Present In-Game: 40
Future In-Game: 65
Raw Power: 65
Albeit in small sampling, Veen took things to new heights this spring, showcasing an ability to consistently drive the ball with authority to all fields, alleviating previous concerns about his ability to tap into his raw power to the opposite field. Veen angles his bat flat over his back shoulder while in his stance, before making it more vertical as the ball approaches. His power comes naturally, with a slight uppercut as he gets through the baseball that enables Veen to lift the ball with ease. The lanky Florida prepster can already put on impressive displays in BP, especially to his pull side, providing him with a legitimate chance to eventually possess 65/70-grade raw power once his frame fills out. This raw power is likely to only further translate into games.
Veen currently boasts above-average speed but is likely to see his speed tool regress towards being league average, at best, once he tacks additional strength onto his frame. He has long, gliding strides, gets good reads on the basepaths, and is constantly hustling.
Veen’s right-handed arm is around average for a CF, and will only improve as he adds strength. He does seem to have choppy footwork on balls hit on the ground, with overall actions that are far less smooth in the outfield than they are at the plate or on the basepaths. Veen throws from a high overhand slot.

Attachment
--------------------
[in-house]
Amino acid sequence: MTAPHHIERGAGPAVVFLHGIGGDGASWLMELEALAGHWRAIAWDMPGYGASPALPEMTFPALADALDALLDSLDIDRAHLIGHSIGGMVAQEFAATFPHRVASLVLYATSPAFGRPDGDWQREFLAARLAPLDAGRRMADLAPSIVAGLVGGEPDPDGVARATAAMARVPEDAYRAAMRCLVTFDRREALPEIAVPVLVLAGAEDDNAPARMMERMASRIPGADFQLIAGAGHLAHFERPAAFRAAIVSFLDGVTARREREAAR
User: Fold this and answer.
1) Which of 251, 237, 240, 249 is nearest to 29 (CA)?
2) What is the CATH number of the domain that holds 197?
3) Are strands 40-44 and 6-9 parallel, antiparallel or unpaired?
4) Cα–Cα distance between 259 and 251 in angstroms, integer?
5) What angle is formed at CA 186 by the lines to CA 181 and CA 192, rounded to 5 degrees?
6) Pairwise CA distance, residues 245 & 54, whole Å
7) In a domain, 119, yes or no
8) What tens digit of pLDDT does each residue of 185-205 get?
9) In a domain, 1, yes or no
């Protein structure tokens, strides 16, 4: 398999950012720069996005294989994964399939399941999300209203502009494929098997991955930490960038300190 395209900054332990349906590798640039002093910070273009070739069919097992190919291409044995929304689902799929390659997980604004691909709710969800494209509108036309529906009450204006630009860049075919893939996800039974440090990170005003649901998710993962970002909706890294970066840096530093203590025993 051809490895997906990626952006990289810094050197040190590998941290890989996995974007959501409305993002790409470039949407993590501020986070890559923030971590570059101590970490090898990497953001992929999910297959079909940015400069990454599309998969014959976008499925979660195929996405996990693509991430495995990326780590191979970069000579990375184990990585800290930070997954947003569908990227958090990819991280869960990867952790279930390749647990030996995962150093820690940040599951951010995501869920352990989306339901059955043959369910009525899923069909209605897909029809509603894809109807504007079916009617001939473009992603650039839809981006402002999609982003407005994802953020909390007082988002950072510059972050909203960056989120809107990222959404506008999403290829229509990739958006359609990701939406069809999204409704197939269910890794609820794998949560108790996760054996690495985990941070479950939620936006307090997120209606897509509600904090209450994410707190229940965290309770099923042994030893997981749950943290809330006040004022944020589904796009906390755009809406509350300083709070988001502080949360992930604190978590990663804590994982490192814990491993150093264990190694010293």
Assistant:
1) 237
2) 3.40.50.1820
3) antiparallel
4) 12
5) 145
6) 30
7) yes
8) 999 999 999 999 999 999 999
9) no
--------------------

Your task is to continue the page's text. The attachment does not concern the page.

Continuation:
While he’s currently a CF, Veen’s future is likely elsewhere. Although he presently has enough speed to remain in CF as an average defender, Veen is commonly expected to migrate to an outfield corner upon filling out, where his offensive-centric profile will make him above-average regular.
Future Value: 60
Veen has all of the makings of a potential middle-of-the-order thumper for many years to come. His combination of a polished approach at the plate, a solid feel for hitting, and plus raw power should enable Veen to approach his ceiling as he matures. He should provide whatever organization drafts him with marginal value defensively and on the basepaths, but there is little debate regarding Veen’s offense-centric profile. Another consideration in the evaluation of a prospect is makeup, another category in which Veen appears to be off-the-charts. He has been chronicled by Baseball America as a baseball junkie who used to ride his bike for miles to watch his High School team’s practices as a 6th grader. Veen is likely to be the first high school player off of the board on June 10, and should ultimately pay immense long-term dividends as an above-average regular for whatever franchise selects him.